Many postcolonial regimes are still mired in protracted civil wars and violence, struggling economies, corruption, bad leadership, broken social and economic infrastructure and famine. It is rather dishonest for a country whose main university could be closed for months by presidential decree, whose professors strike year in year out over emoluments, to complain about an overwhelming European or American presence in their studies.
A white European friend tells a story of a panel on ‘African sexuality’ he attended in London sometime in 2005. Among other things, the panel discussed intimacy, sexual pleasure, anal sex, marital rape and genital beautification or mutilation—all from what was considered the vantage point of the African. Not only was the panel exclusively white, a large section of the audience was also white. With whiteness symbolically read as being European or North American, it translated not only into foreignness to the topics being discussed, but also privileged grandchildren of colonial masters gazing at Africans. Where were the African academics, at least, marked by their shiny dark or brown skins? Were they invited but failed to get transport? Did these European and North Americans really understand, and accurately and objectively bring out the intricate and many secret details of ‘African sexuality’? These questions sparked off a long-winded conversation, which, despite its liveliness, left one key question unanswered: Where were the African scholars?
With the exception of a few celebrity names—who actually make quite a list—African studies remain dominated, discursively and institutionally, by non-African scholars: African studies associations are not only headquartered in European and North American universities, but also hold their annual conferences in Europe and North America. During these conferences, it is very common to find specific country caucuses (Ugandan, Kenyan, Nigerian or Somali) with majority scholars of European and North American descent. Part of the explanation for this is that African scholars cannot afford to travel to Europe and North America for these sessions. Location may not necessarily be the issue, but the numerical superiority of whiteness in these plenaries (and in publications) has been concern for many non-white academics and their students as they grumble under their breath bemoaning the continued colonization, marginalization and scholarly misrepresentation.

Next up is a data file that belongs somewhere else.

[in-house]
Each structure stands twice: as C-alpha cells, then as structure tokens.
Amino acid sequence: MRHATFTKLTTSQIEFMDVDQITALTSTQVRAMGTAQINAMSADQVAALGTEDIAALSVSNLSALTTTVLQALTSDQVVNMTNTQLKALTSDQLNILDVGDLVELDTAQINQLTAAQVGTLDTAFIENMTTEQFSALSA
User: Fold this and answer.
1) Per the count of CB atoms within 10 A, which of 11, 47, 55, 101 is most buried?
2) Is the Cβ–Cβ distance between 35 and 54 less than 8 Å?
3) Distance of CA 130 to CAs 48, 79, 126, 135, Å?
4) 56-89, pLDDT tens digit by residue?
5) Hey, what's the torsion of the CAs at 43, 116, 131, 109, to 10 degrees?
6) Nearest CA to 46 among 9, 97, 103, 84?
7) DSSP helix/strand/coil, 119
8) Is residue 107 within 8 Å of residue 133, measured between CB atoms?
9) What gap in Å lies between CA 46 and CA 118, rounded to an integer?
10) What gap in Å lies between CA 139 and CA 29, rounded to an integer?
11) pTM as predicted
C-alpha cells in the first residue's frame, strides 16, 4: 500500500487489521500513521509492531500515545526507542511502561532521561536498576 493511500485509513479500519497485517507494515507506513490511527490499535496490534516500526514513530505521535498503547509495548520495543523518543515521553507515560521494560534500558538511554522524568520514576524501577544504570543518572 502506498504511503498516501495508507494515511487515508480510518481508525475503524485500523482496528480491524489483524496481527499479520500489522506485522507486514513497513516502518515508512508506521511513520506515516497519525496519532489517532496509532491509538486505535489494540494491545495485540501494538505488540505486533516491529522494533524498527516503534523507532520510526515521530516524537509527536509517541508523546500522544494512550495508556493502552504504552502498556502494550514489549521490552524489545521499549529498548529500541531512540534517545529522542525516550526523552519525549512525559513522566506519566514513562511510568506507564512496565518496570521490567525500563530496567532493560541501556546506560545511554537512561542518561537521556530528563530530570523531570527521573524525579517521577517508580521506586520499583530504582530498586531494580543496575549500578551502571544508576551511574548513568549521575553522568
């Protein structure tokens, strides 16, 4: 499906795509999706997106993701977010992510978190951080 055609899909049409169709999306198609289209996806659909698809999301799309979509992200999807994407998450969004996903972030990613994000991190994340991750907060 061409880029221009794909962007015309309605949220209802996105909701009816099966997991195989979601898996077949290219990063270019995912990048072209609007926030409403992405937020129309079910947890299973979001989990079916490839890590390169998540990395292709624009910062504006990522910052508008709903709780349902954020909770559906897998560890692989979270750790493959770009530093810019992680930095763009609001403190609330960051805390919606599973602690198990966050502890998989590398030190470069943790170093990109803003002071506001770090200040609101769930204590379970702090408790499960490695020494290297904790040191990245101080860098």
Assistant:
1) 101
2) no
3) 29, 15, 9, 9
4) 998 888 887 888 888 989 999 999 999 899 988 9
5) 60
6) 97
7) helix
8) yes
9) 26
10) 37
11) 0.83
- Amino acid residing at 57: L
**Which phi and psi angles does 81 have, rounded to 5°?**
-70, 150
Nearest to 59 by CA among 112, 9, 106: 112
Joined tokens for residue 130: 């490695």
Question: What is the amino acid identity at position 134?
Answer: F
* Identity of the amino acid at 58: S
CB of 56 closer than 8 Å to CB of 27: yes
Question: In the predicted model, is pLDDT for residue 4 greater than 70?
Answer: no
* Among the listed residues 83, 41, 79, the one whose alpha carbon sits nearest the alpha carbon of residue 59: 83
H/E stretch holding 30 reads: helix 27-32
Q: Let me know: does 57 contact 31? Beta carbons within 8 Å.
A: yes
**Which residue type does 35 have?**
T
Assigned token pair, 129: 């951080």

It is also true that ‘leading journals’ in African studies are not only headquartered in Europe and North America, but many are mostly edited by European and American academics. Many times, the contributions to these journals reproduce similar patterns. On the other hand, there are only a few African studies associations or journals on Africa, based on the African continent, managed, contributed to and edited by African hands. The problem is then framed with whiteness being not just a timeless symbolism of continued colonial domination and marginalization of Africans, but also of biased, unrepresentative, inaccurate, and epistemologically flawed scholarship.
Our conversation unfolded against the above backdrop, with the bells of decolonization and the rise of the “African intellectual” ringing nearby. As a self-reflective white male, he was visibly guilty of their continued ‘crimes’ to African studies but did not see a clear exit. Should he back off and let African studies to Africans, or start co-authoring all his pieces with ‘African’ co-authors? Exactly, in the age of decolonization and the rise of the African university, why do white people, these grandchildren of colonial masters, continue to speak for, write about formerly colonized peoples to the point of dominating disciplines? This often translates into defining the terms of the discipline, which are often, the charge goes, Eurocentric. Why don’t they let the Africans write, represent and speak for and about themselves especially on ‘inner’ subjects such as sexuality? Why don’t white folks sit back and listen and learn? How accurate is this knowledge produced by foreigners about people they barely know? In other words, why don’t they heed Spivak?